Criticisms of the “militarization” of American gun culture are commonplace. No group has done more to attack this phenomenon than the Violence Policy Center (VPC) and their 2011 report on “The Militarization of the U.S. Civilian Firearms Market.”
In this report they, like many, allege that the militarization of the firearms market is recent and is an intentional strategy of companies needing to sell products in a shrinking marketplace:
In spite of the gauzy imagery of its advertising, the gun industry’s militarization is simply a business strategy aimed at survival: boosting sales and improving the bottom line. The hard commercial fact is that military-style weapons sell in an increasingly narrowly focused civilian gun market. True sporting guns do not.
Among the evidence they present is an advertisement for the FNH USA FN Five-Seven pistol (reproduced in their report and below).
Violence Policy Center, “The Militarization of the U.S. Civilian Firearms Market” (2011), p. 3.
As noted in my recent post about the changing themes in gun advertising in The American Rifleman from 1918-2017, I have just finished a replication study based on advertising in Guns magazine from 1955 (when the magazine was founded) through 2019.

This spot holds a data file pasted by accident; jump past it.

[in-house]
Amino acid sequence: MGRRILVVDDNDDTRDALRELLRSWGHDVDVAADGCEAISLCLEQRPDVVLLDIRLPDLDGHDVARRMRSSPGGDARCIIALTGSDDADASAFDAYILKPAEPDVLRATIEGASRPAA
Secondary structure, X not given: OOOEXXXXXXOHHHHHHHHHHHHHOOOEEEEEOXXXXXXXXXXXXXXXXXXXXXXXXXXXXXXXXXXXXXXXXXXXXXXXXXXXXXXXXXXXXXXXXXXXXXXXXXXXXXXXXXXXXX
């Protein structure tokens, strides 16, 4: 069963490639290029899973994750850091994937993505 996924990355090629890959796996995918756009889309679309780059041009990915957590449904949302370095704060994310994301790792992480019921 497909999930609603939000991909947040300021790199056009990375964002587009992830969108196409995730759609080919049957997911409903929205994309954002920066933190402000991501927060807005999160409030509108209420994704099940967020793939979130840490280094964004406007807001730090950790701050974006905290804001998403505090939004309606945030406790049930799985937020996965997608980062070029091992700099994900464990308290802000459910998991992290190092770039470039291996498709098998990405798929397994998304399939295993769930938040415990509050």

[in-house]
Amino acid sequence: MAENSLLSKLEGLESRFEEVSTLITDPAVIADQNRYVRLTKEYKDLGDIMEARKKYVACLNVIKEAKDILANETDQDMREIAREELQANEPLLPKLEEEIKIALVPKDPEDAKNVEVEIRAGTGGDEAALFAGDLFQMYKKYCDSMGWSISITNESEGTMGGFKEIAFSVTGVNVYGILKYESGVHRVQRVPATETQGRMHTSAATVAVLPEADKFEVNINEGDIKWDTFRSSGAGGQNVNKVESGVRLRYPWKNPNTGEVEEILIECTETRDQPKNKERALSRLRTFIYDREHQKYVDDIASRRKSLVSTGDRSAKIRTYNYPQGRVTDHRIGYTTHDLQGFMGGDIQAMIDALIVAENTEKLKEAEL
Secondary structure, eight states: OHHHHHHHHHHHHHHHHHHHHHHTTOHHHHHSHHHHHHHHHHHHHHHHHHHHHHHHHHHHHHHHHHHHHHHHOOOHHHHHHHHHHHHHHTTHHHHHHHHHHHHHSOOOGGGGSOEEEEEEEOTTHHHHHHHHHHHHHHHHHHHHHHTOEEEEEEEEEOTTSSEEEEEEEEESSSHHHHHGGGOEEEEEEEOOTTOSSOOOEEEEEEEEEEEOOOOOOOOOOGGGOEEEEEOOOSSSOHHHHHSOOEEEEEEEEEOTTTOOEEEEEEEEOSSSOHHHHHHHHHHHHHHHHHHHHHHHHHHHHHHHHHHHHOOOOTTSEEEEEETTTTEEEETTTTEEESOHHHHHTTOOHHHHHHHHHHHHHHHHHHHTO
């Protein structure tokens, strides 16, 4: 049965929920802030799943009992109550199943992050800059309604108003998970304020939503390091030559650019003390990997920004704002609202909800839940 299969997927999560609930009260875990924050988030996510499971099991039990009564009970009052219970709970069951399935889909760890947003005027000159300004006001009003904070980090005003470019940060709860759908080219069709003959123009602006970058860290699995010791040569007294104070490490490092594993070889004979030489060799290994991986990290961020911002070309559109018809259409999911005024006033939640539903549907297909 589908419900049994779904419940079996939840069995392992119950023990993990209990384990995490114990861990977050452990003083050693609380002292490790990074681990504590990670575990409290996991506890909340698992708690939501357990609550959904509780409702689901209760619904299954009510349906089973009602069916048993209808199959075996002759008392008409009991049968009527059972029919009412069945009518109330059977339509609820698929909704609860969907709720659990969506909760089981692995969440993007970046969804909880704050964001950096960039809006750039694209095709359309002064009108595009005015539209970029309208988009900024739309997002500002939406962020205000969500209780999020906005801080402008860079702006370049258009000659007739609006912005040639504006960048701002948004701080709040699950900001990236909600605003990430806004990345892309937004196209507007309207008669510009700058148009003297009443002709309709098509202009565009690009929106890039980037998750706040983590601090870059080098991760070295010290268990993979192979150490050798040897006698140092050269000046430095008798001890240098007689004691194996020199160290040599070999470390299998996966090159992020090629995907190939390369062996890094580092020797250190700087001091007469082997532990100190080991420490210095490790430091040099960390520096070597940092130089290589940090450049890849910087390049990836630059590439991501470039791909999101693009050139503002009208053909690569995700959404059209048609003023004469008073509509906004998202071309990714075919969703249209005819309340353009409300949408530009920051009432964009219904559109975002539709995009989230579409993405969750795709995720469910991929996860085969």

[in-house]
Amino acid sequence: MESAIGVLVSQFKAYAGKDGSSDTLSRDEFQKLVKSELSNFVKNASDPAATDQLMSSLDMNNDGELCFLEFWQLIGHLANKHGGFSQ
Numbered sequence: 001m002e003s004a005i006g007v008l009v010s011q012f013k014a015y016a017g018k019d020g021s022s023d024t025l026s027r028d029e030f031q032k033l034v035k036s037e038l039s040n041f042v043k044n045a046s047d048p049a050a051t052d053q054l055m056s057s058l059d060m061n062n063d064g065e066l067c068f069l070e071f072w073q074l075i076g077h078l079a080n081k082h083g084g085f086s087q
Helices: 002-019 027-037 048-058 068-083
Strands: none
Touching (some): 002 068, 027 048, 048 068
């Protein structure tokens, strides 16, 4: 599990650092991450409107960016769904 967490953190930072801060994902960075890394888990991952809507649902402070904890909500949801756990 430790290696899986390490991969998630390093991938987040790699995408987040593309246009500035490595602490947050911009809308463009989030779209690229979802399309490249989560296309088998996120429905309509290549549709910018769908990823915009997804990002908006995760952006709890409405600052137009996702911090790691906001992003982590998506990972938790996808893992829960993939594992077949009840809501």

It documents the same pattern of decline of “Gun Culture 1.0” themes of hunting and recreational/sport shooting and raise of “Gun Culture 2.0” themes of personal protection and concealed carry.
A pre-publication version of the paper is available for download on SocArXiv Papers. Just two clicks and you can help this paper blow up on SocArXiv.
UPDATE: Thanks to a reader “OK S.” I now have the source of Colt’s “Safety of the Highways” ad. It was published in 1926 in The Lucky Bag, the Annual of the Regiment of Midshipmen at the U.S. Naval Academy in Annapolis. The annual is available at https://archive.org/details/luckybag1926unse/page/566. Consider donating to the Internet Archive!
P.S., If you have any idea where the Colt’s “Safety of the Highways” ad was first published, I am still looking for the source of that. Thanks!
I realized recently that I never posted the published version of my work analyzing gun advertisements in The American Rifleman. It documents the decline of “Gun Culture 1.0” themes of hunting and recreational/sport shooting and rise of “Gun Culture 2.0” themes of personal protection and concealed carry.
So, here is the citation and a link to the book chapter: David Yamane, Sebastian L. Ivory, and Paul C. Yamane, “The Rise of Self-Defense in Gun Advertising: The American Rifleman, 1918-2017,” in Jennifer Carlson, Kristen Goss, and Harel Shapira, eds., Guns: Interdisciplinary Approaches to Politics, Policy, and Practice (New York: Routledge, 2019).
I am currently writing up a replication study using advertisements in Guns magazine from 1955-2019, which I presented at the American Society of Criminology annual meetings in San Francisco this month. I will post a link to that paper when it is ready.